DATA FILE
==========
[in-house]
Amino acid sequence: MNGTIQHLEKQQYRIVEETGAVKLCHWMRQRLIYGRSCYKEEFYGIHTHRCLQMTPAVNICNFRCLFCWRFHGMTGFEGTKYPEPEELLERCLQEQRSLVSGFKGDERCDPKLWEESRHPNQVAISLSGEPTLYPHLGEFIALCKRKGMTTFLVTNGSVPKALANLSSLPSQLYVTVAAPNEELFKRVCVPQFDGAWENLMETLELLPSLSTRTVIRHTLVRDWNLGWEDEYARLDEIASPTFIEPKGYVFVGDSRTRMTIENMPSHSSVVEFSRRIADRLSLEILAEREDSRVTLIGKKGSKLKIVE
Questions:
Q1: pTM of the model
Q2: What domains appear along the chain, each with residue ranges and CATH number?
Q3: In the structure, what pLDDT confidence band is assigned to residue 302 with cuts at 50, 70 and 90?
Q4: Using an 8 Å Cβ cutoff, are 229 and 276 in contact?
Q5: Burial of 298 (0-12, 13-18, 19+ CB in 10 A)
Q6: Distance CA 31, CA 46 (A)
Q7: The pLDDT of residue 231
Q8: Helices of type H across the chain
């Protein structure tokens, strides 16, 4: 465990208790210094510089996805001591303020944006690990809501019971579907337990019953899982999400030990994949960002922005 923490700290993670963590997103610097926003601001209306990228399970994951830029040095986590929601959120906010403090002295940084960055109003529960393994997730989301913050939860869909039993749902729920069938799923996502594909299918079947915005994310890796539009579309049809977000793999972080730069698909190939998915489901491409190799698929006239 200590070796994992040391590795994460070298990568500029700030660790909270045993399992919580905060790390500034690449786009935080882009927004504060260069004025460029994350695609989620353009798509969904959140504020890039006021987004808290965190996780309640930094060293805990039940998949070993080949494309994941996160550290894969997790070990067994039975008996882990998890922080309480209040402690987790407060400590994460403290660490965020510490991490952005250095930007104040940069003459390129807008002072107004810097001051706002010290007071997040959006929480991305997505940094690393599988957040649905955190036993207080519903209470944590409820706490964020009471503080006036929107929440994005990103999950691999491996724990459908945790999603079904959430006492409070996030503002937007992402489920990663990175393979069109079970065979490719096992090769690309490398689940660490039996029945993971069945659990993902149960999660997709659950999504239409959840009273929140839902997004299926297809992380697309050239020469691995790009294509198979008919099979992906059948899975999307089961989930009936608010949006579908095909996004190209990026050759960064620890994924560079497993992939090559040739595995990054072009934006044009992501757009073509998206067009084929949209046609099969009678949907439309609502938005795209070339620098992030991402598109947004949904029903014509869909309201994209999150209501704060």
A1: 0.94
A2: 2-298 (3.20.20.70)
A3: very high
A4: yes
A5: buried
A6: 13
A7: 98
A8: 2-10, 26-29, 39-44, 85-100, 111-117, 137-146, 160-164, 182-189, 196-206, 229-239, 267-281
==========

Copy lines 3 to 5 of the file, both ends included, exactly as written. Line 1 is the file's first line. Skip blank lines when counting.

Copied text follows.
Questions:
Q1: pTM of the model
Q2: What domains appear along the chain, each with residue ranges and CATH number?